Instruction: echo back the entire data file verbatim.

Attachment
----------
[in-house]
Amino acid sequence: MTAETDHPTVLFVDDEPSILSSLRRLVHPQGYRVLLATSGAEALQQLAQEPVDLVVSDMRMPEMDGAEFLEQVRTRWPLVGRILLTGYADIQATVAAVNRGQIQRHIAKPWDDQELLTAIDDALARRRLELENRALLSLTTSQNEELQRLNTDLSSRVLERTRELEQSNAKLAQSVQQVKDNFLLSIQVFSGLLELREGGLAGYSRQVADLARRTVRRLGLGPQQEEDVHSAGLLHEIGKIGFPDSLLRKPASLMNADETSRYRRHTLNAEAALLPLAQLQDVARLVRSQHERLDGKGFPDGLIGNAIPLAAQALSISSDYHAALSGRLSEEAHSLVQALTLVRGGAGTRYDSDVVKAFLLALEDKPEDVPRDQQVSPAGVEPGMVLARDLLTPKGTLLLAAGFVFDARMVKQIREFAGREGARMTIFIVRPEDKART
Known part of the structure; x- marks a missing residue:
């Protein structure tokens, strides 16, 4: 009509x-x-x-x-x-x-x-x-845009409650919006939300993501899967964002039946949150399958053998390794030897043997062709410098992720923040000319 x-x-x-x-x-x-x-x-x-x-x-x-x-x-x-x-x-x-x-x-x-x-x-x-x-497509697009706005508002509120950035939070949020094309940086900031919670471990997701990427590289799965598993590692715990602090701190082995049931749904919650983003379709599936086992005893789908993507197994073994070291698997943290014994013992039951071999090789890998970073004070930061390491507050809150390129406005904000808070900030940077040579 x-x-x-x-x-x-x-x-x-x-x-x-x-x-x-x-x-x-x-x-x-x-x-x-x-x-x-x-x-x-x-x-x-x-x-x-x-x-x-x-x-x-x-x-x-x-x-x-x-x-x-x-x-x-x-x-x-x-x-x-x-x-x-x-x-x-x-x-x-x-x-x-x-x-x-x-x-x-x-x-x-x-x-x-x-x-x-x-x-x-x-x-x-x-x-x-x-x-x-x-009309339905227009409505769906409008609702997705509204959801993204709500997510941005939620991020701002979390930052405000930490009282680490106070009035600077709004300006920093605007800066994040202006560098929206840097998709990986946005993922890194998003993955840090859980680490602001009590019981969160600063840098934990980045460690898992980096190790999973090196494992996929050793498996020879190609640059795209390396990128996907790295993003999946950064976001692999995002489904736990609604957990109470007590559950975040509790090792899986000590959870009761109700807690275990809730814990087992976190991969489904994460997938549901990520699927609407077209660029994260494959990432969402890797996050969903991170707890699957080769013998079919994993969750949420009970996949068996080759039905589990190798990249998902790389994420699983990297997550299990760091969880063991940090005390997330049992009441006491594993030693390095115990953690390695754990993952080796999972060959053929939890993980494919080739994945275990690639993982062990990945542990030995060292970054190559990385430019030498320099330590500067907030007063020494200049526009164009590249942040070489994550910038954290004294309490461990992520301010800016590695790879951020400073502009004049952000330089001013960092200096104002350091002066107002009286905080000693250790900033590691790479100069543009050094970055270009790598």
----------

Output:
[in-house]
Amino acid sequence: MTAETDHPTVLFVDDEPSILSSLRRLVHPQGYRVLLATSGAEALQQLAQEPVDLVVSDMRMPEMDGAEFLEQVRTRWPLVGRILLTGYADIQATVAAVNRGQIQRHIAKPWDDQELLTAIDDALARRRLELENRALLSLTTSQNEELQRLNTDLSSRVLERTRELEQSNAKLAQSVQQVKDNFLLSIQVFSGLLELREGGLAGYSRQVADLARRTVRRLGLGPQQEEDVHSAGLLHEIGKIGFPDSLLRKPASLMNADETSRYRRHTLNAEAALLPLAQLQDVARLVRSQHERLDGKGFPDGLIGNAIPLAAQALSISSDYHAALSGRLSEEAHSLVQALTLVRGGAGTRYDSDVVKAFLLALEDKPEDVPRDQQVSPAGVEPGMVLARDLLTPKGTLLLAAGFVFDARMVKQIREFAGREGARMTIFIVRPEDKART
Known part of the structure; x- marks a missing residue:
């Protein structure tokens, strides 16, 4: 009509x-x-x-x-x-x-x-x-845009409650919006939300993501899967964002039946949150399958053998390794030897043997062709410098992720923040000319 x-x-x-x-x-x-x-x-x-x-x-x-x-x-x-x-x-x-x-x-x-x-x-x-x-497509697009706005508002509120950035939070949020094309940086900031919670471990997701990427590289799965598993590692715990602090701190082995049931749904919650983003379709599936086992005893789908993507197994073994070291698997943290014994013992039951071999090789890998970073004070930061390491507050809150390129406005904000808070900030940077040579 x-x-x-x-x-x-x-x-x-x-x-x-x-x-x-x-x-x-x-x-x-x-x-x-x-x-x-x-x-x-x-x-x-x-x-x-x-x-x-x-x-x-x-x-x-x-x-x-x-x-x-x-x-x-x-x-x-x-x-x-x-x-x-x-x-x-x-x-x-x-x-x-x-x-x-x-x-x-x-x-x-x-x-x-x-x-x-x-x-x-x-x-x-x-x-x-x-x-x-x-009309339905227009409505769906409008609702997705509204959801993204709500997510941005939620991020701002979390930052405000930490009282680490106070009035600077709004300006920093605007800066994040202006560098929206840097998709990986946005993922890194998003993955840090859980680490602001009590019981969160600063840098934990980045460690898992980096190790999973090196494992996929050793498996020879190609640059795209390396990128996907790295993003999946950064976001692999995002489904736990609604957990109470007590559950975040509790090792899986000590959870009761109700807690275990809730814990087992976190991969489904994460997938549901990520699927609407077209660029994260494959990432969402890797996050969903991170707890699957080769013998079919994993969750949420009970996949068996080759039905589990190798990249998902790389994420699983990297997550299990760091969880063991940090005390997330049992009441006491594993030693390095115990953690390695754990993952080796999972060959053929939890993980494919080739994945275990690639993982062990990945542990030995060292970054190559990385430019030498320099330590500067907030007063020494200049526009164009590249942040070489994550910038954290004294309490461990992520301010800016590695790879951020400073502009004049952000330089001013960092200096104002350091002066107002009286905080000693250790900033590691790479100069543009050094970055270009790598």